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MOREOVER, your so careful demonstration that the being than which a greater cannot be conceived is 167not analogous to the not yet executed picture in the understanding of the painter, is quite unnecessary. It was not for this purpose that I suggested the preconceived picture. I had no thought of asserting that the being which I was discussing is of such a nature; but I wished to show that what is not understood to exist can be in the understanding.

Again, you say that when you hear of a being than which a greater is inconceivable, you cannot conceive of it in terms of any real object known to you either specifically or generally, nor have it in your understanding. For, you say, you neither know such a being in itself, nor can you form an idea of it from anything like it.

But obviously this is not true. For everything that is less good, in so far as it is good, is like the greater good. It is therefore evident to any rational mind, that by ascending from the lesser good to the greater, we can form a considerable notion of a being than which a greater is inconceivable.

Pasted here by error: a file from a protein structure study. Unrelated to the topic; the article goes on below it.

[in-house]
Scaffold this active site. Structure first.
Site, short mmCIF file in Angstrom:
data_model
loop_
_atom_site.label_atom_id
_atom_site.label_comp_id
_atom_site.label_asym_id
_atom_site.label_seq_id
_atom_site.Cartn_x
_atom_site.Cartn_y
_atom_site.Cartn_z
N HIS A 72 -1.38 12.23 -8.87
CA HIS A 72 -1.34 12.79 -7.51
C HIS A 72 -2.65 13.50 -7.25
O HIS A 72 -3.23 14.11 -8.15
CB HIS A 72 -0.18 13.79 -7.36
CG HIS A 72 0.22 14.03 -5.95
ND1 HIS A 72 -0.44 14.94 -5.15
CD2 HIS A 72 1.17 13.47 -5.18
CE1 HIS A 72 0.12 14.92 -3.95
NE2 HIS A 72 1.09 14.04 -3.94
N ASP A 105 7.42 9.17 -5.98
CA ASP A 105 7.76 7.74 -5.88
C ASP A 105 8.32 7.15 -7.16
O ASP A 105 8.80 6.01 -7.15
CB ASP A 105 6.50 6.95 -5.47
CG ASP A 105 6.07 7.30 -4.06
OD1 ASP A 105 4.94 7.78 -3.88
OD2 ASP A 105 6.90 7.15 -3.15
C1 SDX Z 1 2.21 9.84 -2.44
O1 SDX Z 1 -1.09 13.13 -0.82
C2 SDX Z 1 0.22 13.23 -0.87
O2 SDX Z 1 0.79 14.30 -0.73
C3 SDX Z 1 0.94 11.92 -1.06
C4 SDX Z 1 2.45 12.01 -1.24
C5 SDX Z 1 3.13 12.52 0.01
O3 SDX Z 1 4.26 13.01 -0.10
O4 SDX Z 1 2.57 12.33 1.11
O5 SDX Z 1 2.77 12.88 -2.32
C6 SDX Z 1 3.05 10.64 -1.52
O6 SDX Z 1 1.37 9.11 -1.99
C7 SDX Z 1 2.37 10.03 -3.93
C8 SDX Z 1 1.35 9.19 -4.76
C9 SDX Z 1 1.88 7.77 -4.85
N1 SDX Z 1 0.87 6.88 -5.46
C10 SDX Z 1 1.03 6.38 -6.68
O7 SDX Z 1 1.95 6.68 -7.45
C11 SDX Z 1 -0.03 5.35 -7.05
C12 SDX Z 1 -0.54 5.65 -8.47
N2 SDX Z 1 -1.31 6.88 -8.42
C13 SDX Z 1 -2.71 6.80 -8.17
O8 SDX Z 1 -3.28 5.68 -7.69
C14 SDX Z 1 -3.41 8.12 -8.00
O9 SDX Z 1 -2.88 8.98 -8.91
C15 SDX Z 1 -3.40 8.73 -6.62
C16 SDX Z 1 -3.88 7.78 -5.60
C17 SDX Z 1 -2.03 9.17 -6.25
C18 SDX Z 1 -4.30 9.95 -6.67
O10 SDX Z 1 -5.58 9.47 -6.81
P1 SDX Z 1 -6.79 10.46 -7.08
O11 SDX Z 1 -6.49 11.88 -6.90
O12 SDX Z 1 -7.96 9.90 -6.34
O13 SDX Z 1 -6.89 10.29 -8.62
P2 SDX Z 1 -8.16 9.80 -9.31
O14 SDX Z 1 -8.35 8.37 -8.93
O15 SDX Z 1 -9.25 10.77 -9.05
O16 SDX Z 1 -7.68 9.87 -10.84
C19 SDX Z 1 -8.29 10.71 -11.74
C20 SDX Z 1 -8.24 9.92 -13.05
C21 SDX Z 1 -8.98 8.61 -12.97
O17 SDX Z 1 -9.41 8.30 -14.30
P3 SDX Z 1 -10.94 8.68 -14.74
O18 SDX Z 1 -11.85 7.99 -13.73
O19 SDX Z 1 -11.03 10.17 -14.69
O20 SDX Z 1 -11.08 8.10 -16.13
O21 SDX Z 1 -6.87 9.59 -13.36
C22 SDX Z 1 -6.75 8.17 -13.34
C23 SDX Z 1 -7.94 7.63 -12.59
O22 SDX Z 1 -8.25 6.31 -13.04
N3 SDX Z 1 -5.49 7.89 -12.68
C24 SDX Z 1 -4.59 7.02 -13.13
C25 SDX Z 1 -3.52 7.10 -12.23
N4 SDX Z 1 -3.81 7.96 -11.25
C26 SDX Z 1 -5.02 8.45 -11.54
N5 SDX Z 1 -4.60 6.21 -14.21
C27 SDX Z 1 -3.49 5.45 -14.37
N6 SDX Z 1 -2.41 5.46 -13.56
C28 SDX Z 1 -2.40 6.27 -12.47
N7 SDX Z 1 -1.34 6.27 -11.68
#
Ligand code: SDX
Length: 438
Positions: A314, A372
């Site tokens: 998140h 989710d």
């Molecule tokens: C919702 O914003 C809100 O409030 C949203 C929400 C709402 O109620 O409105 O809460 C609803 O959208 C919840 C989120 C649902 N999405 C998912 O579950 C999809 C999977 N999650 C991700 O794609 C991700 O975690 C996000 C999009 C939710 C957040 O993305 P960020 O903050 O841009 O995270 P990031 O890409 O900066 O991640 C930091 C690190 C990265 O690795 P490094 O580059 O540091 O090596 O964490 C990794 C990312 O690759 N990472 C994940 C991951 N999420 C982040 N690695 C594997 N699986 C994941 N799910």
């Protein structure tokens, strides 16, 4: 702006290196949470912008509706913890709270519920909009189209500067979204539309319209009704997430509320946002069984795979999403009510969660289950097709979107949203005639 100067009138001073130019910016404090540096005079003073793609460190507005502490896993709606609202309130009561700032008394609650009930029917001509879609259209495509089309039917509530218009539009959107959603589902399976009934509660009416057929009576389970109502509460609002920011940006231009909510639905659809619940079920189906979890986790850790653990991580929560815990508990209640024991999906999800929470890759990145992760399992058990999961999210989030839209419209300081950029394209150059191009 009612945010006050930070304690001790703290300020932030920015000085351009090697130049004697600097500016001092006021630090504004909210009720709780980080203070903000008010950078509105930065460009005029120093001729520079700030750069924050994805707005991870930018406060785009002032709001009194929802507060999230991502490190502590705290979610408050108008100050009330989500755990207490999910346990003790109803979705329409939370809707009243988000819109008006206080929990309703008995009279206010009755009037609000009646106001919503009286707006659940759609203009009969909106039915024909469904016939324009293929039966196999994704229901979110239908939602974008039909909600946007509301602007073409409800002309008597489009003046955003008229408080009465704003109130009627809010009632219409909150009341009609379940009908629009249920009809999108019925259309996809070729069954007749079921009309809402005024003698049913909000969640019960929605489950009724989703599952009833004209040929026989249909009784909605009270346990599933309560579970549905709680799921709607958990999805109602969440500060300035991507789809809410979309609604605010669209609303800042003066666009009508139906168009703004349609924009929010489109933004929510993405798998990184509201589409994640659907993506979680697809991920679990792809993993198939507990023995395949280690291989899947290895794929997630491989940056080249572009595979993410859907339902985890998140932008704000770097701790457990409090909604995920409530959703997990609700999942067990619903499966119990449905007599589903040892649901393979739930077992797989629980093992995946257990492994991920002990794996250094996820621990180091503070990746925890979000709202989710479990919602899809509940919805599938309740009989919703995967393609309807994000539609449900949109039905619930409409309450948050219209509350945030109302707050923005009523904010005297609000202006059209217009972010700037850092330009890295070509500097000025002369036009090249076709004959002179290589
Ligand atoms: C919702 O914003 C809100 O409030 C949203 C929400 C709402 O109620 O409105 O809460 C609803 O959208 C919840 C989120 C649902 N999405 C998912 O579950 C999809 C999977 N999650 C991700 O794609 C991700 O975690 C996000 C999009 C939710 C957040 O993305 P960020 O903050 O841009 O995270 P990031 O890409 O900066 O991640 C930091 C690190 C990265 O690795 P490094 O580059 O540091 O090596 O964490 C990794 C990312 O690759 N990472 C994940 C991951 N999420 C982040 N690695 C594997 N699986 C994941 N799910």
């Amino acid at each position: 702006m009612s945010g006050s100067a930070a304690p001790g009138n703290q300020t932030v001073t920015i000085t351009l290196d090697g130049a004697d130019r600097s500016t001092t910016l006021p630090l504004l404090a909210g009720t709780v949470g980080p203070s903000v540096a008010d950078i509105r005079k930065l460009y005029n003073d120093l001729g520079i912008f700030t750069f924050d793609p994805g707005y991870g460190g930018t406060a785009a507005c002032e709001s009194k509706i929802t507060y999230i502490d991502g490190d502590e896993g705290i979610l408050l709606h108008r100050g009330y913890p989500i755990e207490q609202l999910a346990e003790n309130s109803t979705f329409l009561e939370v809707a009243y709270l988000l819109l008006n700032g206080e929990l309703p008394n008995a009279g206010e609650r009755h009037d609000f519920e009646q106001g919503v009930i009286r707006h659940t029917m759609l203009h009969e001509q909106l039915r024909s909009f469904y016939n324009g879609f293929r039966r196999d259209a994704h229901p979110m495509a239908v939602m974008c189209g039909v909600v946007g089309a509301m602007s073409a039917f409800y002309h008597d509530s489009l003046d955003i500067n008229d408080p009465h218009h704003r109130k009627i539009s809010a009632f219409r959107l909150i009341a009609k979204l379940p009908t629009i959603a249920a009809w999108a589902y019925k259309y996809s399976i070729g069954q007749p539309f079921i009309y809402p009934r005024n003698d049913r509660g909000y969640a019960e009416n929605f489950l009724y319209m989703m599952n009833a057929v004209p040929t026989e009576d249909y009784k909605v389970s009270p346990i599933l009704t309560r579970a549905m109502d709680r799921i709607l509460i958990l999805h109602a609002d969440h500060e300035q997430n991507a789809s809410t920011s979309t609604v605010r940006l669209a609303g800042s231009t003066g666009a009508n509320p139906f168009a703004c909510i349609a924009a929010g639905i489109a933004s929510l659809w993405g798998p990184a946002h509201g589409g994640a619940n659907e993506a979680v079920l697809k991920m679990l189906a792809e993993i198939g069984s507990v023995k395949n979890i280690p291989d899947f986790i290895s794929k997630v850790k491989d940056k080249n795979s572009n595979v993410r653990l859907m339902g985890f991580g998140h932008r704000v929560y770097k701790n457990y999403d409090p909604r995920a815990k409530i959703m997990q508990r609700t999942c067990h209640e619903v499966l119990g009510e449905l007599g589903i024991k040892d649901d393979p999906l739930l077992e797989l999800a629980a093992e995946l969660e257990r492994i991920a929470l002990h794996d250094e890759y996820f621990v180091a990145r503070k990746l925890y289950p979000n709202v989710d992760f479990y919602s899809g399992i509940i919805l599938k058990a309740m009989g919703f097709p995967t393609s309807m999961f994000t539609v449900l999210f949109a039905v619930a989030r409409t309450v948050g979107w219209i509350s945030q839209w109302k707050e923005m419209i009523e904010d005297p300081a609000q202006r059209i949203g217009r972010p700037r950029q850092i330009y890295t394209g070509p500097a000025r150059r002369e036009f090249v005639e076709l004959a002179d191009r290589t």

For instance, who (even if he does not believe that what he conceives of exists in reality) supposing that there is some good which has a beginning and an end, does not conceive that a good is much better, which, if it begins, does not cease to be? And that as the second good is better than the first, so that good which has neither beginning nor end, though it is ever passing from the past through the present to the future, is better than the second? And that far better than this is a being—whether any being of such a nature exists or not—which in no wise requires change or motion, nor is compelled to undergo change or motion?

Is this inconceivable, or is some being greater 168than this conceivable? Or is not this to form a notion from objects than which a greater is conceivable, of the being than which a greater cannot be conceived? There is, then, a means of forming a notion of a being than which a greater is inconceivable.

So easily, then, can the fool who does not accept sacred authority be refuted, if he denies that a notion may be formed from other objects of a being than which a greater is inconceivable. But if any Catholic would deny this, let him remember that the invisible things of God, from the creation of the world, are clearly seen, being understood by the things that are made, even his eternal power and Godhead. (Romans i. 20. )

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